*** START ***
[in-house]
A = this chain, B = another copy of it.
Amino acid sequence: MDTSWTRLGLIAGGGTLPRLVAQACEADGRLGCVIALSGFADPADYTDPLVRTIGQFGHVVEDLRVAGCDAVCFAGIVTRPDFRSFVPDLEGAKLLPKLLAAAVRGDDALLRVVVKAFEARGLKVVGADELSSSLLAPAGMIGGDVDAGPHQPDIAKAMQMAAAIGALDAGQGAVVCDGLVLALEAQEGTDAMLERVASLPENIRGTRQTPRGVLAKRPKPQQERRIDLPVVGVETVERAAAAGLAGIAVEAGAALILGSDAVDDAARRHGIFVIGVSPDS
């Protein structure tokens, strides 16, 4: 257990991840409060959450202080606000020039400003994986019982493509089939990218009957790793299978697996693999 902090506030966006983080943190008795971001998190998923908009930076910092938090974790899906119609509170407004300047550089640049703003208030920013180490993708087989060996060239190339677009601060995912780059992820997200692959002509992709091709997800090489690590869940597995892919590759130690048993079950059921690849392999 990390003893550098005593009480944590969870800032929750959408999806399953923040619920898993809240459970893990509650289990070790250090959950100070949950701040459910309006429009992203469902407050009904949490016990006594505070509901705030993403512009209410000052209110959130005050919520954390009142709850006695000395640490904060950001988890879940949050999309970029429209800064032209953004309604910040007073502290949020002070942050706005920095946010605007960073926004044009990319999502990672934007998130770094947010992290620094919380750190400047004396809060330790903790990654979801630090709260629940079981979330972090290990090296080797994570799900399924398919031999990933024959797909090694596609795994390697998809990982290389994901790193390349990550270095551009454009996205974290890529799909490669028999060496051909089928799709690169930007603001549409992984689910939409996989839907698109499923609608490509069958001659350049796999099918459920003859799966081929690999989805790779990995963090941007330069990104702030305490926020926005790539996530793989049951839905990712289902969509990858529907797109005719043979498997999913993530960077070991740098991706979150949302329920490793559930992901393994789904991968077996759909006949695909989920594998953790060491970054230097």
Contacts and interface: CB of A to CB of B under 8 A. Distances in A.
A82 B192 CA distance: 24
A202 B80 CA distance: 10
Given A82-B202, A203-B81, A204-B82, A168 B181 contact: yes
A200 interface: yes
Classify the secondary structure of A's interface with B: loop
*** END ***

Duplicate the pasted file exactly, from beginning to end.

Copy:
[in-house]
A = this chain, B = another copy of it.
Amino acid sequence: MDTSWTRLGLIAGGGTLPRLVAQACEADGRLGCVIALSGFADPADYTDPLVRTIGQFGHVVEDLRVAGCDAVCFAGIVTRPDFRSFVPDLEGAKLLPKLLAAAVRGDDALLRVVVKAFEARGLKVVGADELSSSLLAPAGMIGGDVDAGPHQPDIAKAMQMAAAIGALDAGQGAVVCDGLVLALEAQEGTDAMLERVASLPENIRGTRQTPRGVLAKRPKPQQERRIDLPVVGVETVERAAAAGLAGIAVEAGAALILGSDAVDDAARRHGIFVIGVSPDS
């Protein structure tokens, strides 16, 4: 257990991840409060959450202080606000020039400003994986019982493509089939990218009957790793299978697996693999 902090506030966006983080943190008795971001998190998923908009930076910092938090974790899906119609509170407004300047550089640049703003208030920013180490993708087989060996060239190339677009601060995912780059992820997200692959002509992709091709997800090489690590869940597995892919590759130690048993079950059921690849392999 990390003893550098005593009480944590969870800032929750959408999806399953923040619920898993809240459970893990509650289990070790250090959950100070949950701040459910309006429009992203469902407050009904949490016990006594505070509901705030993403512009209410000052209110959130005050919520954390009142709850006695000395640490904060950001988890879940949050999309970029429209800064032209953004309604910040007073502290949020002070942050706005920095946010605007960073926004044009990319999502990672934007998130770094947010992290620094919380750190400047004396809060330790903790990654979801630090709260629940079981979330972090290990090296080797994570799900399924398919031999990933024959797909090694596609795994390697998809990982290389994901790193390349990550270095551009454009996205974290890529799909490669028999060496051909089928799709690169930007603001549409992984689910939409996989839907698109499923609608490509069958001659350049796999099918459920003859799966081929690999989805790779990995963090941007330069990104702030305490926020926005790539996530793989049951839905990712289902969509990858529907797109005719043979498997999913993530960077070991740098991706979150949302329920490793559930992901393994789904991968077996759909006949695909989920594998953790060491970054230097």
Contacts and interface: CB of A to CB of B under 8 A. Distances in A.
A82 B192 CA distance: 24
A202 B80 CA distance: 10
Given A82-B202, A203-B81, A204-B82, A168 B181 contact: yes
A200 interface: yes
Classify the secondary structure of A's interface with B: loop